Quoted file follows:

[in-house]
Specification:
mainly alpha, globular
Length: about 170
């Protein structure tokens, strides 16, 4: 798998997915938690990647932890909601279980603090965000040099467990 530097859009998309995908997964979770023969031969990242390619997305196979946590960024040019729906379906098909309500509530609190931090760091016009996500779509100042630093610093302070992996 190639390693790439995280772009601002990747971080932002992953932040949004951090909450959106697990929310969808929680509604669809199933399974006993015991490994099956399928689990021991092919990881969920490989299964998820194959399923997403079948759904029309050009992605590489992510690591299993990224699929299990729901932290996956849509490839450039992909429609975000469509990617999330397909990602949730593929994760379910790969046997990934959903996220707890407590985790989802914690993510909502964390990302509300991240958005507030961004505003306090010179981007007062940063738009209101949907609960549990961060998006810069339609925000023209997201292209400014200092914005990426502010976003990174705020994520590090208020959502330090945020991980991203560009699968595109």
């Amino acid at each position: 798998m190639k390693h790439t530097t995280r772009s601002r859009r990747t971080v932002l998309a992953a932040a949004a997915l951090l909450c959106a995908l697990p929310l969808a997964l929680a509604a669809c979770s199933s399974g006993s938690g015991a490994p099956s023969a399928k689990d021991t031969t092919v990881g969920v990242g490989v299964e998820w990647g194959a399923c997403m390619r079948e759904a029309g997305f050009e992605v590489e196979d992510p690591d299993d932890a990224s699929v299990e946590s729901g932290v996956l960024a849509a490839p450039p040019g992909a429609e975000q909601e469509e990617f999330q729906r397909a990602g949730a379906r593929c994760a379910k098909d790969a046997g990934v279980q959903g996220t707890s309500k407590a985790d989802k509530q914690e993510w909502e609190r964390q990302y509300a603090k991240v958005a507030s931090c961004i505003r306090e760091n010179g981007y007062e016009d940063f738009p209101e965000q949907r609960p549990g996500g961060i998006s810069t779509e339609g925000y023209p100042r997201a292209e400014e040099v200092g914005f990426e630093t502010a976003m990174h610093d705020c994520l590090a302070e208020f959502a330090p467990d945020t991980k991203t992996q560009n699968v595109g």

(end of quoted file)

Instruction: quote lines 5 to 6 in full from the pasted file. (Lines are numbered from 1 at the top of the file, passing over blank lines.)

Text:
């Protein structure tokens, strides 16, 4: 798998997915938690990647932890909601279980603090965000040099467990 530097859009998309995908997964979770023969031969990242390619997305196979946590960024040019729906379906098909309500509530609190931090760091016009996500779509100042630093610093302070992996 190639390693790439995280772009601002990747971080932002992953932040949004951090909450959106697990929310969808929680509604669809199933399974006993015991490994099956399928689990021991092919990881969920490989299964998820194959399923997403079948759904029309050009992605590489992510690591299993990224699929299990729901932290996956849509490839450039992909429609975000469509990617999330397909990602949730593929994760379910790969046997990934959903996220707890407590985790989802914690993510909502964390990302509300991240958005507030961004505003306090010179981007007062940063738009209101949907609960549990961060998006810069339609925000023209997201292209400014200092914005990426502010976003990174705020994520590090208020959502330090945020991980991203560009699968595109």
């Amino acid at each position: 798998m190639k390693h790439t530097t995280r772009s601002r859009r990747t971080v932002l998309a992953a932040a949004a997915l951090l909450c959106a995908l697990p929310l969808a997964l929680a509604a669809c979770s199933s399974g006993s938690g015991a490994p099956s023969a399928k689990d021991t031969t092919v990881g969920v990242g490989v299964e998820w990647g194959a399923c997403m390619r079948e759904a029309g997305f050009e992605v590489e196979d992510p690591d299993d932890a990224s699929v299990e946590s729901g932290v996956l960024a849509a490839p450039p040019g992909a429609e975000q909601e469509e990617f999330q729906r397909a990602g949730a379906r593929c994760a379910k098909d790969a046997g990934v279980q959903g996220t707890s309500k407590a985790d989802k509530q914690e993510w909502e609190r964390q990302y509300a603090k991240v958005a507030s931090c961004i505003r306090e760091n010179g981007y007062e016009d940063f738009p209101e965000q949907r609960p549990g996500g961060i998006s810069t779509e339609g925000y023209p100042r997201a292209e400014e040099v200092g914005f990426e630093t502010a976003m990174h610093d705020c994520l590090a302070e208020f959502a330090p467990d945020t991980k991203t992996q560009n699968v595109g």